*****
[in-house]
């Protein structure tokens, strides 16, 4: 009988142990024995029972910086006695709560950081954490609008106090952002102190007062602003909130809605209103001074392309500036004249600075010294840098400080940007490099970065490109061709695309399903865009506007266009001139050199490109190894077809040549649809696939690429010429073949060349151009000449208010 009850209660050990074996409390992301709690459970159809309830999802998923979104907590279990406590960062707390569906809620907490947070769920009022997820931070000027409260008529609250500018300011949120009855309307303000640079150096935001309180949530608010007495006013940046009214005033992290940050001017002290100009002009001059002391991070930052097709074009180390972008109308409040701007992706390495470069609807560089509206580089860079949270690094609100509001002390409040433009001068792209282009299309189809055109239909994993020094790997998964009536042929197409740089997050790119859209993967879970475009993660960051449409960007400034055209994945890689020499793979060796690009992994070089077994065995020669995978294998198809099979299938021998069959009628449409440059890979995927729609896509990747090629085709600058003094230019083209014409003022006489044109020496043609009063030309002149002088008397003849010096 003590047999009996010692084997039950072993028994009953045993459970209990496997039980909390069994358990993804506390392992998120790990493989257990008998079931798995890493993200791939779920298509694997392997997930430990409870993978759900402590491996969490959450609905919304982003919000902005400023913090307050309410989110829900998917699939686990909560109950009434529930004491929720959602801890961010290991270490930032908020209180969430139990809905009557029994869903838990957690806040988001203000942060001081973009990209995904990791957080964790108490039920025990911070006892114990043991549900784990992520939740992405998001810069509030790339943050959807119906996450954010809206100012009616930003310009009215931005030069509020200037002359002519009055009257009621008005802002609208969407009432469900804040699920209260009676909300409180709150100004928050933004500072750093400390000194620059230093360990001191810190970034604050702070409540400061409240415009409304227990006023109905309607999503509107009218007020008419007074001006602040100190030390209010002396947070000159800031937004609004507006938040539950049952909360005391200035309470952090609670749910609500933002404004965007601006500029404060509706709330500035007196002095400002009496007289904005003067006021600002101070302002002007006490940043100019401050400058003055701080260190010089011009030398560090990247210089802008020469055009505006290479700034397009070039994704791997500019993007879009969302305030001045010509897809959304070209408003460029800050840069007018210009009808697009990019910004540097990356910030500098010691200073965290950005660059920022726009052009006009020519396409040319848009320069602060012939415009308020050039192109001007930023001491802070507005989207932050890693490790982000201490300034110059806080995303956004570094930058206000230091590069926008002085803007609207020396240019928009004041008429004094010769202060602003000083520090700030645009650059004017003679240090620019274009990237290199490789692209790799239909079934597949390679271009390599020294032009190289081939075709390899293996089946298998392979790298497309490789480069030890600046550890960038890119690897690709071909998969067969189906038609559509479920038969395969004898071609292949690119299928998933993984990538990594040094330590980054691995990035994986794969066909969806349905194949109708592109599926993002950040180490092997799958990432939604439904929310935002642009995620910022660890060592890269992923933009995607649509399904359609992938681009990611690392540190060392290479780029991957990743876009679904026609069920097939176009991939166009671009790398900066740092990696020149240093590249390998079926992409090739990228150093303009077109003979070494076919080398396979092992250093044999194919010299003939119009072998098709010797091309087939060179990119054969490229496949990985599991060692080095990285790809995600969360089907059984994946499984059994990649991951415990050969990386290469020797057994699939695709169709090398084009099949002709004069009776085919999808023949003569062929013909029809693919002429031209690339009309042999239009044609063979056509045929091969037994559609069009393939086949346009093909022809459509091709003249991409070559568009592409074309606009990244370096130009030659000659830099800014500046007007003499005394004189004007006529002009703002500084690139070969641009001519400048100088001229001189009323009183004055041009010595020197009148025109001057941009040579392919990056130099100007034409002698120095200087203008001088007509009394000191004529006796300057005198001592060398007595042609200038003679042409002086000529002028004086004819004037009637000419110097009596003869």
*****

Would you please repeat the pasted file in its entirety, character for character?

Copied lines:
[in-house]
């Protein structure tokens, strides 16, 4: 009988142990024995029972910086006695709560950081954490609008106090952002102190007062602003909130809605209103001074392309500036004249600075010294840098400080940007490099970065490109061709695309399903865009506007266009001139050199490109190894077809040549649809696939690429010429073949060349151009000449208010 009850209660050990074996409390992301709690459970159809309830999802998923979104907590279990406590960062707390569906809620907490947070769920009022997820931070000027409260008529609250500018300011949120009855309307303000640079150096935001309180949530608010007495006013940046009214005033992290940050001017002290100009002009001059002391991070930052097709074009180390972008109308409040701007992706390495470069609807560089509206580089860079949270690094609100509001002390409040433009001068792209282009299309189809055109239909994993020094790997998964009536042929197409740089997050790119859209993967879970475009993660960051449409960007400034055209994945890689020499793979060796690009992994070089077994065995020669995978294998198809099979299938021998069959009628449409440059890979995927729609896509990747090629085709600058003094230019083209014409003022006489044109020496043609009063030309002149002088008397003849010096 003590047999009996010692084997039950072993028994009953045993459970209990496997039980909390069994358990993804506390392992998120790990493989257990008998079931798995890493993200791939779920298509694997392997997930430990409870993978759900402590491996969490959450609905919304982003919000902005400023913090307050309410989110829900998917699939686990909560109950009434529930004491929720959602801890961010290991270490930032908020209180969430139990809905009557029994869903838990957690806040988001203000942060001081973009990209995904990791957080964790108490039920025990911070006892114990043991549900784990992520939740992405998001810069509030790339943050959807119906996450954010809206100012009616930003310009009215931005030069509020200037002359002519009055009257009621008005802002609208969407009432469900804040699920209260009676909300409180709150100004928050933004500072750093400390000194620059230093360990001191810190970034604050702070409540400061409240415009409304227990006023109905309607999503509107009218007020008419007074001006602040100190030390209010002396947070000159800031937004609004507006938040539950049952909360005391200035309470952090609670749910609500933002404004965007601006500029404060509706709330500035007196002095400002009496007289904005003067006021600002101070302002002007006490940043100019401050400058003055701080260190010089011009030398560090990247210089802008020469055009505006290479700034397009070039994704791997500019993007879009969302305030001045010509897809959304070209408003460029800050840069007018210009009808697009990019910004540097990356910030500098010691200073965290950005660059920022726009052009006009020519396409040319848009320069602060012939415009308020050039192109001007930023001491802070507005989207932050890693490790982000201490300034110059806080995303956004570094930058206000230091590069926008002085803007609207020396240019928009004041008429004094010769202060602003000083520090700030645009650059004017003679240090620019274009990237290199490789692209790799239909079934597949390679271009390599020294032009190289081939075709390899293996089946298998392979790298497309490789480069030890600046550890960038890119690897690709071909998969067969189906038609559509479920038969395969004898071609292949690119299928998933993984990538990594040094330590980054691995990035994986794969066909969806349905194949109708592109599926993002950040180490092997799958990432939604439904929310935002642009995620910022660890060592890269992923933009995607649509399904359609992938681009990611690392540190060392290479780029991957990743876009679904026609069920097939176009991939166009671009790398900066740092990696020149240093590249390998079926992409090739990228150093303009077109003979070494076919080398396979092992250093044999194919010299003939119009072998098709010797091309087939060179990119054969490229496949990985599991060692080095990285790809995600969360089907059984994946499984059994990649991951415990050969990386290469020797057994699939695709169709090398084009099949002709004069009776085919999808023949003569062929013909029809693919002429031209690339009309042999239009044609063979056509045929091969037994559609069009393939086949346009093909022809459509091709003249991409070559568009592409074309606009990244370096130009030659000659830099800014500046007007003499005394004189004007006529002009703002500084690139070969641009001519400048100088001229001189009323009183004055041009010595020197009148025109001057941009040579392919990056130099100007034409002698120095200087203008001088007509009394000191004529006796300057005198001592060398007595042609200038003679042409002086000529002028004086004819004037009637000419110097009596003869």